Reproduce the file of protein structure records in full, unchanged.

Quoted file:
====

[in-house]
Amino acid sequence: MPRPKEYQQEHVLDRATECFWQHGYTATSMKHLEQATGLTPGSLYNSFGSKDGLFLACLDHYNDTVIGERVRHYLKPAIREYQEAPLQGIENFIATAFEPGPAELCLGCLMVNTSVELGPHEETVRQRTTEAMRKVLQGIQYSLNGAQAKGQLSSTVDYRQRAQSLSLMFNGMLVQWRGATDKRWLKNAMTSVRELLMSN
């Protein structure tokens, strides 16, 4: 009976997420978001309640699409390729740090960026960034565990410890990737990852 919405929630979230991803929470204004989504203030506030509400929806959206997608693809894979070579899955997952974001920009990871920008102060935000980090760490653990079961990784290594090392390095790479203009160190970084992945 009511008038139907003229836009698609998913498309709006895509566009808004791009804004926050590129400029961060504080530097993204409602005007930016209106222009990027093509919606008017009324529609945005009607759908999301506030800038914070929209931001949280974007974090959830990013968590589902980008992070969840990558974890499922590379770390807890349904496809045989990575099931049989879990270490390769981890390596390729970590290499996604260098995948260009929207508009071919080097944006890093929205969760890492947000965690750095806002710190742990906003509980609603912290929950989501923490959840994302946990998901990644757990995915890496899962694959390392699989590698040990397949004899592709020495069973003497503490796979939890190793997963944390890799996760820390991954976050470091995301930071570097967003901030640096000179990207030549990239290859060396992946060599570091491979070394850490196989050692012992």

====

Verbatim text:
[in-house]
Amino acid sequence: MPRPKEYQQEHVLDRATECFWQHGYTATSMKHLEQATGLTPGSLYNSFGSKDGLFLACLDHYNDTVIGERVRHYLKPAIREYQEAPLQGIENFIATAFEPGPAELCLGCLMVNTSVELGPHEETVRQRTTEAMRKVLQGIQYSLNGAQAKGQLSSTVDYRQRAQSLSLMFNGMLVQWRGATDKRWLKNAMTSVRELLMSN
């Protein structure tokens, strides 16, 4: 009976997420978001309640699409390729740090960026960034565990410890990737990852 919405929630979230991803929470204004989504203030506030509400929806959206997608693809894979070579899955997952974001920009990871920008102060935000980090760490653990079961990784290594090392390095790479203009160190970084992945 009511008038139907003229836009698609998913498309709006895509566009808004791009804004926050590129400029961060504080530097993204409602005007930016209106222009990027093509919606008017009324529609945005009607759908999301506030800038914070929209931001949280974007974090959830990013968590589902980008992070969840990558974890499922590379770390807890349904496809045989990575099931049989879990270490390769981890390596390729970590290499996604260098995948260009929207508009071919080097944006890093929205969760890492947000965690750095806002710190742990906003509980609603912290929950989501923490959840994302946990998901990644757990995915890496899962694959390392699989590698040990397949004899592709020495069973003497503490796979939890190793997963944390890799996760820390991954976050470091995301930071570097967003901030640096000179990207030549990239290859060396992946060599570091491979070394850490196989050692012992």